In the days since the International Union for Conservation of Nature (IUCN) released its updated Red List of Threatened Species™, many colleagues have contacted ISSF to celebrate IUCN’s news that four tuna species were no longer classified as endangered (see details below).
IUCN attributed the progress to countries enforcing sustainable fishing quotas and successfully combating illegal fishing, which are essential for protecting in-demand fish stocks and the marine ecosystem. In noting any improvements in tuna stock health, sustainable fishing stakeholders also should acknowledge tuna Regional Fisheries Management Organization (RFMO) successes in implementing needed fisheries management measures.
As a coauthor of the tuna portion of the IUCN assessment updates, I welcome attention to the urgency regarding tuna stock sustainability, and I join in the celebration of hard-won gains in tuna conservation. But there is more to the story.
To appreciate why, it’s important to understand how the IUCN Red List methodology compares to other tuna assessment criteria. An explanation I offered 10 years ago, when I was a co-author of IUCN’s first tuna ratings, is still relevant today, so I will summarize it here.
IUCN has rated tuna species twice to date, and those assessments were 10 years apart.
“Rate of Decline Criterion”
First, the primary indicator that IUCN relies on to classify fish species is the “rate of declining criterion.” The rate assesses the abundance of mature individual fish and how much they’ve declined over a period of time relative to the age at which they reach maturity.
If during this period (between 5-20 years for tunas) the mature population has declined by at least 50%, it is classified as Vulnerable. If the decline is 70-89%, it is classified as Endangered. If the decline is 90% or more, it is classified as Critically Endangered.
Although this is a consistent formula, when IUCN lists a fish as “Threatened,” it does not necessarily equate to the species being in immediate danger of extinction or collapse. It means only that there has been a drop in population size that meets the IUCN criteria for that particular classification.
Classifications vs. Real World Fisheries Management
Second, while the IUCN classifications are no doubt useful, they do not always align with criteria for what is considered successful fisheries management. In addition, IUCN assessments are done at the global, species level, while RFMO assessments are done at the stock-region level.
Several factors must be considered in making, or weighing, any evaluation of a stock’s health.
Tuna species are actually at their most productive when they are at 25-40% of their maximum population size, the population that supports maximum sustainable yield, which is RFMOs’ main population management objective.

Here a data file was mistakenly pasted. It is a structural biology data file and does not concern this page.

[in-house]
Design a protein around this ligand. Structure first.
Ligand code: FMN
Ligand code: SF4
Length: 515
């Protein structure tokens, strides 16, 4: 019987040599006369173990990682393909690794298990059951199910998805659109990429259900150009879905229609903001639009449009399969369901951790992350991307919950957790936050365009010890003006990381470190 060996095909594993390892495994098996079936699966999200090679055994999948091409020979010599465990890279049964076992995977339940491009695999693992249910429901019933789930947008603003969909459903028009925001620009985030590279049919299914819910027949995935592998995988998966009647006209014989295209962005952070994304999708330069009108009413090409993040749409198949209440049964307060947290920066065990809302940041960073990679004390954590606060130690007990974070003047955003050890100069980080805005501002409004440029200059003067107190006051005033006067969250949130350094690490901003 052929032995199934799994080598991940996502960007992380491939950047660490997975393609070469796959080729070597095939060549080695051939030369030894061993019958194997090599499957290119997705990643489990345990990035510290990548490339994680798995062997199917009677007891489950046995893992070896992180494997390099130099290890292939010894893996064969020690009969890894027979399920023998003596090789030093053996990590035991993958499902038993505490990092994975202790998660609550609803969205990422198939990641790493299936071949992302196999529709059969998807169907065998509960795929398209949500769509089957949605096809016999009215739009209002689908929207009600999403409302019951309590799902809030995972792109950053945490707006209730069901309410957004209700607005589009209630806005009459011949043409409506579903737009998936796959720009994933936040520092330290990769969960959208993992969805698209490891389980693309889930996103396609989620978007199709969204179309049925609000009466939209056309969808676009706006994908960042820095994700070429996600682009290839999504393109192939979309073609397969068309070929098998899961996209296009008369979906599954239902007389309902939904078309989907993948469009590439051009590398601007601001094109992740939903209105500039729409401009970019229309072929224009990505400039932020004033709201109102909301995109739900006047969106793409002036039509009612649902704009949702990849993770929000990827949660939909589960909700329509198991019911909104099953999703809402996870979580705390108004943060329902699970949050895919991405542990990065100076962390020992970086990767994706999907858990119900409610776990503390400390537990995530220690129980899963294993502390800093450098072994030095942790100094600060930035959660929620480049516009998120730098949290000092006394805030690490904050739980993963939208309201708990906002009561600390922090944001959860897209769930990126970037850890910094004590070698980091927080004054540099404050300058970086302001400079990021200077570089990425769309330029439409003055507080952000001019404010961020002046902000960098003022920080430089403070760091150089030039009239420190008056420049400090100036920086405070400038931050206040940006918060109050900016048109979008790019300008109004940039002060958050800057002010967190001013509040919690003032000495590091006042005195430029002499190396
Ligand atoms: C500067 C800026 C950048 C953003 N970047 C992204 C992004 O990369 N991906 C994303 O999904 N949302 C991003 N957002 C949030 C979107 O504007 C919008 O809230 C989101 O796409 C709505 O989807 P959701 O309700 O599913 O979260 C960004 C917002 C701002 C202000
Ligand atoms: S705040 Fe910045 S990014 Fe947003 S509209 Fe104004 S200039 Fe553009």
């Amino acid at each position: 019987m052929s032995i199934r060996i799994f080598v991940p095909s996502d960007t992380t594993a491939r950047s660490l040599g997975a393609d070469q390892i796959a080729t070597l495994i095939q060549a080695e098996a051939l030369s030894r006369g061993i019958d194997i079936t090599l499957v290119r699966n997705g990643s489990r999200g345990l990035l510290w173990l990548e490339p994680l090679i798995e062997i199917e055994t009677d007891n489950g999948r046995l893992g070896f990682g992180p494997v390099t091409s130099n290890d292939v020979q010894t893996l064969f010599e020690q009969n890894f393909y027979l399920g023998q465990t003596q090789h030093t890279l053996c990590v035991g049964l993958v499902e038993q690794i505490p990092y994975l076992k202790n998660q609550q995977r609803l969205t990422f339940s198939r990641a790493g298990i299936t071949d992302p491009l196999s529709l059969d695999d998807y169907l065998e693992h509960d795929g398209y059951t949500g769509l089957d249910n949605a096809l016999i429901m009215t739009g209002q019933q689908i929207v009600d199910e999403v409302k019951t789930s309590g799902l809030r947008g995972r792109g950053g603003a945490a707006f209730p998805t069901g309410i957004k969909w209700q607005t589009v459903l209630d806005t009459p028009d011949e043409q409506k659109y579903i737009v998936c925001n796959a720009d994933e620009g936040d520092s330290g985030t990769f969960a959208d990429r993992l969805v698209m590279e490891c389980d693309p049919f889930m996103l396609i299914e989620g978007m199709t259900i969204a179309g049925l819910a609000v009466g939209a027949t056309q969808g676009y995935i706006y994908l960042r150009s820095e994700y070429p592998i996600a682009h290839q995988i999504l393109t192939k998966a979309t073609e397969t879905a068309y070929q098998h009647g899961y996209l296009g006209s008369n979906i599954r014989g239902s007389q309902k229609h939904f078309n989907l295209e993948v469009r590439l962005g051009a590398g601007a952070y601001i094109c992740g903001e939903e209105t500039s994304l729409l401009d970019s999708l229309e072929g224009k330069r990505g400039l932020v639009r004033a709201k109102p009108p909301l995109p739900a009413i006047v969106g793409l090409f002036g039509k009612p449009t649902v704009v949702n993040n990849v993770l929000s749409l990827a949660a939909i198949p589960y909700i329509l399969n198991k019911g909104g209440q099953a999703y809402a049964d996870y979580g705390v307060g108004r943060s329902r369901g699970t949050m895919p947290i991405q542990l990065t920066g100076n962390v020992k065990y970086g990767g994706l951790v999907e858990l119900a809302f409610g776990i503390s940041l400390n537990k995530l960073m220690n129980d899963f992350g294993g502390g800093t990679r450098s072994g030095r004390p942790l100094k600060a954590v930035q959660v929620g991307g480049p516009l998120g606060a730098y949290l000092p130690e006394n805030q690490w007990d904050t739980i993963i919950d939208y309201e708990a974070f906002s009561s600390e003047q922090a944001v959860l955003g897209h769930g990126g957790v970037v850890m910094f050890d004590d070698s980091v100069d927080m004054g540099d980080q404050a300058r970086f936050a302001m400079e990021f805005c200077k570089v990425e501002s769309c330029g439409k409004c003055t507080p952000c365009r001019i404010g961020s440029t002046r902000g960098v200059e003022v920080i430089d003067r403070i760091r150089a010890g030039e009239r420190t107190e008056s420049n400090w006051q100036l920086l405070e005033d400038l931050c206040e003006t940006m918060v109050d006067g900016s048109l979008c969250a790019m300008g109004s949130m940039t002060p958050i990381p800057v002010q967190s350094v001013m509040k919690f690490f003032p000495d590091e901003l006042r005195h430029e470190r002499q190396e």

So that means a 50% drop in tuna population may receive a somewhat alarmist classification by IUCN standards, but it is actually quite reasonable from a fisheries management standpoint.
Overfished or Threatened?
Consider a scenario in which a fish population has been heavily overfished and has remained severely low — but stable — for decades.
In that case, IUCN would not detect a major drop in abundance based on the IUCN “rate of decline” criterion, and would classify the species as “Least Concern” — or, in other words, not threatened. This classification, however, would be contrary to what fisheries management norms would consider it to be: a failure to ensure that stock’s sustainability.
Recent Red List Report Changes
In the 2021 Red List update, IUCN reassessed the seven most commercially fished tuna species and found four to have shown signs of recovery:
- The Atlantic bluefin tuna (Thunnus thynnus) moved from Endangered to Least Concern.
- The Southern bluefin tuna (Thunnus maccoyii) moved from Critically Endangered to Endangered.
- The albacore (Thunnus alalunga) and yellowfin tunas (Thunnus albacares) both moved from Near Threatened to Least Concern.
Alternately, ISSF uses tuna RFMO stock assessments to evaluate stock status. For these four species, the data show the two stocks of Atlantic bluefin with an intermediate stock abundance status, Southern Bluefin with an intermediate stock abundance status, five Albacore stocks with a healthy stock abundance status and one at an intermediate level, and three yellowfin stocks at a healthy level and one depleted (Indian Ocean yellowfin). Intermediate stock abundance refers to a spawning biomass that is below maximum sustainable yield levels but otherwise stable, increasing, or fluctuating, and with corrective actions in place.
As one strong example of divergence, our ISSF assessment shows that Indian Ocean yellowfin is overfished and in need of stronger management, contrary to IUCN’s “Least Concern” classification for yellowfin tuna globally, at a species level.
Detailed Stock Assessments Ensure Better Stock Management
In conclusion, the Red List, while undeniably useful, does not replace the need for RFMOs’ own stock assessments and related management efforts. Routine, detailed stock assessments yield essential data to be incorporated into scientific advice to guide the development of informed stock-specific management measures. In turn, these targeted management measures can reduce fishing mortality, which improves stock abundance over time.
For the four stocks in this latest Red List spotlight, IUCN’s “once in a decade” and “one-size-fits-all” stock ratings methodology happens to generally align with tuna RFMOs’ stock status assessments, which are a testament to effective science and management efforts.
But to optimally safeguard tuna populations, it is necessary to dive deeper — to tailor and adopt management measures for each stock based on its unique status and regional circumstances. RFMOs will most certainly need to keep at this work, year in and year out.